What Is a Default Model?
Default model is constructed by financial institutions to determine the likelihood of a default on credit obligations by a corporation or sovereign entity. These statistical models often use regression analysis with certain market variables that are pertinent to a company's financial situation to identify the nature and scope of credit risk. Internally, a lender runs default models on loan exposure to their customers to determine risk limits, pricing, tenor and other terms. Credit agencies calculate probabilities of default with the models in order to assign credit ratings.
Understanding a Default Model
Before a bank or other lending institution extends substantial credit to a customer, it will set up a default model to run all the relevant numbers to calculate potential loss exposure. The relationships between dependent and independent variables will be established, and with the input of varying sets of assumptions into the model, an output of default probabilities (under sensitivity analysis) will be produced. Thus, a default model is essential for a standard loan, but it is also critical in quantifying risk for more sophisticated products like credit default swaps (CDS). For a CDS the buyer and seller would run their own default models on an underlying credit to determine the terms of the transaction.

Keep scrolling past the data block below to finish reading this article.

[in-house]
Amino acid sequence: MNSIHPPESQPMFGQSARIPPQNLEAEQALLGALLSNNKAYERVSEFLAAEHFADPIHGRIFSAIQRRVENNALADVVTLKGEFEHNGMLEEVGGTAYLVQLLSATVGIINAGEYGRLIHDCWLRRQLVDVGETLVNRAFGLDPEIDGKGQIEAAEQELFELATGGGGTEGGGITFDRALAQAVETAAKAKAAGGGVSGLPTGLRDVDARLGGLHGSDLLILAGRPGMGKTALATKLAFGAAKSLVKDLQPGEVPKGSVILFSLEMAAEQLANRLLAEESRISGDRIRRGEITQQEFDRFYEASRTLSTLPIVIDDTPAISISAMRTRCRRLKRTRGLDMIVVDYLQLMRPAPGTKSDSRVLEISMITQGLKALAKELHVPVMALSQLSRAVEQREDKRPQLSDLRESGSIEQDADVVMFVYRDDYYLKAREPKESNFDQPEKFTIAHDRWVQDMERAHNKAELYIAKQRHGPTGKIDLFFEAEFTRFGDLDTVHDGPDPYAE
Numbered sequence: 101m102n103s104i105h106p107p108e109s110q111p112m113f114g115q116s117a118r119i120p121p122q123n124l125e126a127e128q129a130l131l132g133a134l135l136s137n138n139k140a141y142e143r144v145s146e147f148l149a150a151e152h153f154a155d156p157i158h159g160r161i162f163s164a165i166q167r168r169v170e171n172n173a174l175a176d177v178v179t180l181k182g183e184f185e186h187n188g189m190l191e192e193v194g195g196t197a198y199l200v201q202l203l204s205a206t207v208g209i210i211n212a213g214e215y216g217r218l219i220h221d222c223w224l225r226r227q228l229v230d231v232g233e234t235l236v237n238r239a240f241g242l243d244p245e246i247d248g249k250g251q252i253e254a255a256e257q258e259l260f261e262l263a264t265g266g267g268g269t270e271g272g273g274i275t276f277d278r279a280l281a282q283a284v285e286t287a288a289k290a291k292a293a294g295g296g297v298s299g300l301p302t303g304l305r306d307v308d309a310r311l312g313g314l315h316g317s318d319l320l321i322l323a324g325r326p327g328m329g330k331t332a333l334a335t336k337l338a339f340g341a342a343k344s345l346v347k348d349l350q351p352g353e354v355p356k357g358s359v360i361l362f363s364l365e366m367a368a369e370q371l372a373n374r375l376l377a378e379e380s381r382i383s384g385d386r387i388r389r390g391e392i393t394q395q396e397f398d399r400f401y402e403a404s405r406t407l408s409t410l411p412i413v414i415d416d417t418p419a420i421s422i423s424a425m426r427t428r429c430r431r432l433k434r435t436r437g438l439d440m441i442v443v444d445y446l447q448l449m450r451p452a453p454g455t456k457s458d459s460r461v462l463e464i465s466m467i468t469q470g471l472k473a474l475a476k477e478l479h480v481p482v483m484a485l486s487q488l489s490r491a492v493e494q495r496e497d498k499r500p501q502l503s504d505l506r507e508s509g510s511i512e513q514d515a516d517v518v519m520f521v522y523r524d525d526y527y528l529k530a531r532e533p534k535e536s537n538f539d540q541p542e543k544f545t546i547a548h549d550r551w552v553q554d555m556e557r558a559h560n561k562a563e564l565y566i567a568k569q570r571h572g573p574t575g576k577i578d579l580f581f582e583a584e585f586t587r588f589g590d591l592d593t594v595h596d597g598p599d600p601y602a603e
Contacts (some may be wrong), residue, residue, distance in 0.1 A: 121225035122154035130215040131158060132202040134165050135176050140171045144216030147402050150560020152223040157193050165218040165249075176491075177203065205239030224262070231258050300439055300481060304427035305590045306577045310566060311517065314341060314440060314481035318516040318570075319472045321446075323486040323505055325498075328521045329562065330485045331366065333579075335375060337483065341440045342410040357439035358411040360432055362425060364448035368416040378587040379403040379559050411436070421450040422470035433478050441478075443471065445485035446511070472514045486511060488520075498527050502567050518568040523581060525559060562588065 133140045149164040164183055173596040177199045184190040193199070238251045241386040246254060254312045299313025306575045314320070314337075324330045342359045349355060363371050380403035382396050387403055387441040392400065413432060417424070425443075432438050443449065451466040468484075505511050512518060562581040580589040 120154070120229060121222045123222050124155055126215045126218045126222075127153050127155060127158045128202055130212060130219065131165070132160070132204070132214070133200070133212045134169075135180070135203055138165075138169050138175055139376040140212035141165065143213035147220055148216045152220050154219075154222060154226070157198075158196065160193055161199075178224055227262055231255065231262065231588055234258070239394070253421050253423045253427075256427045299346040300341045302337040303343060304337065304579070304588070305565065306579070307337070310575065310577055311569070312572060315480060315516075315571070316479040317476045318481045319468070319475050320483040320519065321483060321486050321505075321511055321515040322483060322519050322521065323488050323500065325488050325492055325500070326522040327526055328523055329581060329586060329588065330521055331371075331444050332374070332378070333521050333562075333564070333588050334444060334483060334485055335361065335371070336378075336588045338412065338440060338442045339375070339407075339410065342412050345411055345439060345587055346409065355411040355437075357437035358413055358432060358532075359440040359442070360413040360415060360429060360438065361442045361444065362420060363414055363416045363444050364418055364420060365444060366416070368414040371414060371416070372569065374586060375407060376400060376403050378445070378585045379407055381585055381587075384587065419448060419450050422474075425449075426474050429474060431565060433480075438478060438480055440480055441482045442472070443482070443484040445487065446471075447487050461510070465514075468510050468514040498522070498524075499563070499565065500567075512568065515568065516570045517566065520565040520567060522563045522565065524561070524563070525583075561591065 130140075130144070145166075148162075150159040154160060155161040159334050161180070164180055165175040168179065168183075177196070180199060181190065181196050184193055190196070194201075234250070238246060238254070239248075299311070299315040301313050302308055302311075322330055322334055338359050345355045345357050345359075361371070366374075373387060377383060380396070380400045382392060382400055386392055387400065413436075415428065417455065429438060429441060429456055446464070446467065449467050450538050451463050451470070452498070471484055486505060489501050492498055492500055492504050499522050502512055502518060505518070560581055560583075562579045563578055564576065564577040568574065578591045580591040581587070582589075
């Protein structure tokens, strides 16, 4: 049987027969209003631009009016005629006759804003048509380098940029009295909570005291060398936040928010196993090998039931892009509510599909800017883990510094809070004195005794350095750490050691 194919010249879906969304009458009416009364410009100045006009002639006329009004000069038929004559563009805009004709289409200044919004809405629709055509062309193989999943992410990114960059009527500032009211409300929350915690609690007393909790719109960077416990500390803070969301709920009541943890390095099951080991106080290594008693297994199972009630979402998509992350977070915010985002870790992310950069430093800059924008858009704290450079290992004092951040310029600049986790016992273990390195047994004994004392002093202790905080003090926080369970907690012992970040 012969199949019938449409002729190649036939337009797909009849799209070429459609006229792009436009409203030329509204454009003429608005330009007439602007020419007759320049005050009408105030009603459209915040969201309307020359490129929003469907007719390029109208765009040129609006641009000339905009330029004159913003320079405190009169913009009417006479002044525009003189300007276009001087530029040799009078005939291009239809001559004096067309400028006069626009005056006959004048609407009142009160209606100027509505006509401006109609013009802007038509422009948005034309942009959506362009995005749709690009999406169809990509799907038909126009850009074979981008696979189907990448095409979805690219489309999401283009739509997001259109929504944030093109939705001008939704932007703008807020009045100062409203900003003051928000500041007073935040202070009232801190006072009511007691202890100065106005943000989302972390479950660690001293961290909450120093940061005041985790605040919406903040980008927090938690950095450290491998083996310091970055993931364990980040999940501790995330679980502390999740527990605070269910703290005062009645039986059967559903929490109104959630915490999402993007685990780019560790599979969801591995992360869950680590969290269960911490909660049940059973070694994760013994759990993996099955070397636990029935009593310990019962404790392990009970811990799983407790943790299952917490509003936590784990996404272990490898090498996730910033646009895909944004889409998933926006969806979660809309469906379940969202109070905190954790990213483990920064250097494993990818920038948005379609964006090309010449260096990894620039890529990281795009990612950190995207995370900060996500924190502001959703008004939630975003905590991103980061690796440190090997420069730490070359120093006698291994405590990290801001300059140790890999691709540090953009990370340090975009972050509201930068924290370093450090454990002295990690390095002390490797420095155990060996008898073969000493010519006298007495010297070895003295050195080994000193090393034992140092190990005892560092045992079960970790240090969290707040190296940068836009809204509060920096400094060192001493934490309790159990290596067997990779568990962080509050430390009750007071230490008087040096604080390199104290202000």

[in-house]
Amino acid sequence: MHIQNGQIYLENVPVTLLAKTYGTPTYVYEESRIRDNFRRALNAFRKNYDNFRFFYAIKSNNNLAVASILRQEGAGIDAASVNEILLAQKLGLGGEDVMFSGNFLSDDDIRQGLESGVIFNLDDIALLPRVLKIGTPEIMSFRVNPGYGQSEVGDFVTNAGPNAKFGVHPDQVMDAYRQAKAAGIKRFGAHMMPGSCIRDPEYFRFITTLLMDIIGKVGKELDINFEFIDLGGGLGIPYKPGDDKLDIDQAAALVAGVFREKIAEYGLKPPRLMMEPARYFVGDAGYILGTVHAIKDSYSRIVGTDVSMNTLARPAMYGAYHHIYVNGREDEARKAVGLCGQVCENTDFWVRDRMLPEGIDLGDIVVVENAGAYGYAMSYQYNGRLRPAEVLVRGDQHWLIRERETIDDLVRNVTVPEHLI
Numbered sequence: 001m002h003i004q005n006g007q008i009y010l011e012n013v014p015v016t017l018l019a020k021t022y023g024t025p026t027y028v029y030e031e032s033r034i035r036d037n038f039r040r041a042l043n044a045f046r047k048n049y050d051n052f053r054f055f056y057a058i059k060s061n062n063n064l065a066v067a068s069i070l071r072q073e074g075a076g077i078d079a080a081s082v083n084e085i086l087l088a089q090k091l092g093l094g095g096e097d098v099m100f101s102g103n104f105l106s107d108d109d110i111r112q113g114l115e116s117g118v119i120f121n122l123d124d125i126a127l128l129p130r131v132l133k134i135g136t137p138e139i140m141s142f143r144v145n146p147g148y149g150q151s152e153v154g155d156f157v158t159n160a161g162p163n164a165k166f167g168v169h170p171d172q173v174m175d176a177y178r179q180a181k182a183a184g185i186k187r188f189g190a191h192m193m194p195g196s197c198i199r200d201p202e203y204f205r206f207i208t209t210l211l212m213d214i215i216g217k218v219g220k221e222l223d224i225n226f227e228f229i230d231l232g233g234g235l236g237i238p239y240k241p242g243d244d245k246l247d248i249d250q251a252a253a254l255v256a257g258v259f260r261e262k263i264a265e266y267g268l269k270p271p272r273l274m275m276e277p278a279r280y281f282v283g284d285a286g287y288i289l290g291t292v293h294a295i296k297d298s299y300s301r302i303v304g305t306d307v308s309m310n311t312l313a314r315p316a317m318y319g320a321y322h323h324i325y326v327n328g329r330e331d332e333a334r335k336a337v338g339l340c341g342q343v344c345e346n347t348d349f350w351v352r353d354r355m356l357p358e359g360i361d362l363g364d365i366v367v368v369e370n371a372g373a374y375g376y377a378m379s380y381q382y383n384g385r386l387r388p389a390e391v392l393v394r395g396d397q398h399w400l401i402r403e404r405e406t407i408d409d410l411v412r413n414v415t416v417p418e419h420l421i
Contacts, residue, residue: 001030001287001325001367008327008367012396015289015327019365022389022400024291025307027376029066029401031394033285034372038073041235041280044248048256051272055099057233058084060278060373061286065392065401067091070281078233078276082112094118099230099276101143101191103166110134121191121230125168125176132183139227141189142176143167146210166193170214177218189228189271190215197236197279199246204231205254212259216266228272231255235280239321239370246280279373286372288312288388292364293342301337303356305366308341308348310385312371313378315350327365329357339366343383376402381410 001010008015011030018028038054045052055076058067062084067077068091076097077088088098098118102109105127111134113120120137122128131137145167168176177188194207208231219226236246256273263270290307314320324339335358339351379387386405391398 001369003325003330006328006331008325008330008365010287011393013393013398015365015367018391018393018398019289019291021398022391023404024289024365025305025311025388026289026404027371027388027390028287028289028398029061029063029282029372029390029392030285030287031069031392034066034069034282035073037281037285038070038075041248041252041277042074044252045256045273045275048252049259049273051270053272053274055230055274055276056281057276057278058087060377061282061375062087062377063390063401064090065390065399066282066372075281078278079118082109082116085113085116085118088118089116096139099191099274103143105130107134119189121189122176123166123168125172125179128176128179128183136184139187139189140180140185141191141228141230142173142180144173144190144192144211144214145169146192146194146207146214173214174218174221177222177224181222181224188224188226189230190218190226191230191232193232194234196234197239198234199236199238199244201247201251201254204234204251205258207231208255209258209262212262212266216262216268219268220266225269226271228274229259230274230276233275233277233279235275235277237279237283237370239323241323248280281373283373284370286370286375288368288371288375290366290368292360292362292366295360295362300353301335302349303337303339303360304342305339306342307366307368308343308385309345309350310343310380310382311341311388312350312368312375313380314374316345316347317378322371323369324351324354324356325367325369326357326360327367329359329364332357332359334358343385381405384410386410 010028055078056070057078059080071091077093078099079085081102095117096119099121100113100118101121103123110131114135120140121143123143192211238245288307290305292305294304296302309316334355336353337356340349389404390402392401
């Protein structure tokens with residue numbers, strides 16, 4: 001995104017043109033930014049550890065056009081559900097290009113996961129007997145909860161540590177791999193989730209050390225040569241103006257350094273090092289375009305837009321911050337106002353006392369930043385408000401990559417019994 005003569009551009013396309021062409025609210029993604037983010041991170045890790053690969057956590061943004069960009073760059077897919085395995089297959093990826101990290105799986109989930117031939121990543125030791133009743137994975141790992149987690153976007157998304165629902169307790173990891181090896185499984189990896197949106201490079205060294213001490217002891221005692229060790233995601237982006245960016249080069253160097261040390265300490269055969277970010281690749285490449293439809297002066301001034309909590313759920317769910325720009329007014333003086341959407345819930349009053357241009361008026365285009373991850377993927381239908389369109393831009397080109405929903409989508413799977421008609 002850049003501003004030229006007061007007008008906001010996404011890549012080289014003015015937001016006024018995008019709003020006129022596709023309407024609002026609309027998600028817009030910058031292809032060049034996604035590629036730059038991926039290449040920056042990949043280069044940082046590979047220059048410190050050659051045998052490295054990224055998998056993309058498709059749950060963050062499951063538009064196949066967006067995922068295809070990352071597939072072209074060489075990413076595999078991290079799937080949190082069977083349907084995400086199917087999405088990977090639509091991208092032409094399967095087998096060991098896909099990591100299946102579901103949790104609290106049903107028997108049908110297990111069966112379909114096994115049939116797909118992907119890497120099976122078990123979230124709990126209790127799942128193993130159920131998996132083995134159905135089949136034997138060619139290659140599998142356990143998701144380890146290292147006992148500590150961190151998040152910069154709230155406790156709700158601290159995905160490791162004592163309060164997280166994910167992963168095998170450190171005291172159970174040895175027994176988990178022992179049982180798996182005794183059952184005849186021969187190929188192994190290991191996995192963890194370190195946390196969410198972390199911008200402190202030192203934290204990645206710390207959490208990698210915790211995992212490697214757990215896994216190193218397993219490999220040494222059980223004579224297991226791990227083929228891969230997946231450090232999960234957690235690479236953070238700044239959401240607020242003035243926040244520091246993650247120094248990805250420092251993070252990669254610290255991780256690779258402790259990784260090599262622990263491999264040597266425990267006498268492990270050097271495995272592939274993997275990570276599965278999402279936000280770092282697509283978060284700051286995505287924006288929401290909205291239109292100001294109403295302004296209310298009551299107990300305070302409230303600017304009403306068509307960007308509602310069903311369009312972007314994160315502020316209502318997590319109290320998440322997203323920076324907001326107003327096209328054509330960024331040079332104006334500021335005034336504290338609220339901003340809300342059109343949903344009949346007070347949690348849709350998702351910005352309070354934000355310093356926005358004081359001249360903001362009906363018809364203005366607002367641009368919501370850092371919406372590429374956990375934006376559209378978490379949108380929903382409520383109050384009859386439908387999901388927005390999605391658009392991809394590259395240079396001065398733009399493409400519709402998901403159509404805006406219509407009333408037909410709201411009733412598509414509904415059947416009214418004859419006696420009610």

The bread-and-butter business of credit agencies such as Moody's and Standard & Poor's is developing sophisticated default models. The goal of these models is to designate credit ratings that are standard in most cases for bond (or other credit-linked product) issuance into the public markets. The entities for which a default model is established can be corporations, municipalities, countries, government agencies and special purpose vehicles. In all cases, the model will estimate the probabilities of default under various scenarios. However, other types of default models are used to predict a creditor's exposure-at-default and loss-given-default. Theoretically, appropriate pricing of credit is made possible with default models, whether they are internally-generated or created by a credit agency.
CDO Default Models Prior to the Financial Crisis
The credit agencies were blamed for being partly responsible for the 2008 financial crisis because they gave triple-A ratings to hundreds of billions of dollars worth of collateralized debt obligations (CDO) packed with subprime loans. Their models predicted extremely low probabilities of default. With the stamp of approval of high credit ratings, CDOs were prostituted out around the markets by Wall Street. What happened to those CDOs is well known. One can only hope that credit agencies have made the necessary adjustments to their default models to avoid future mishaps.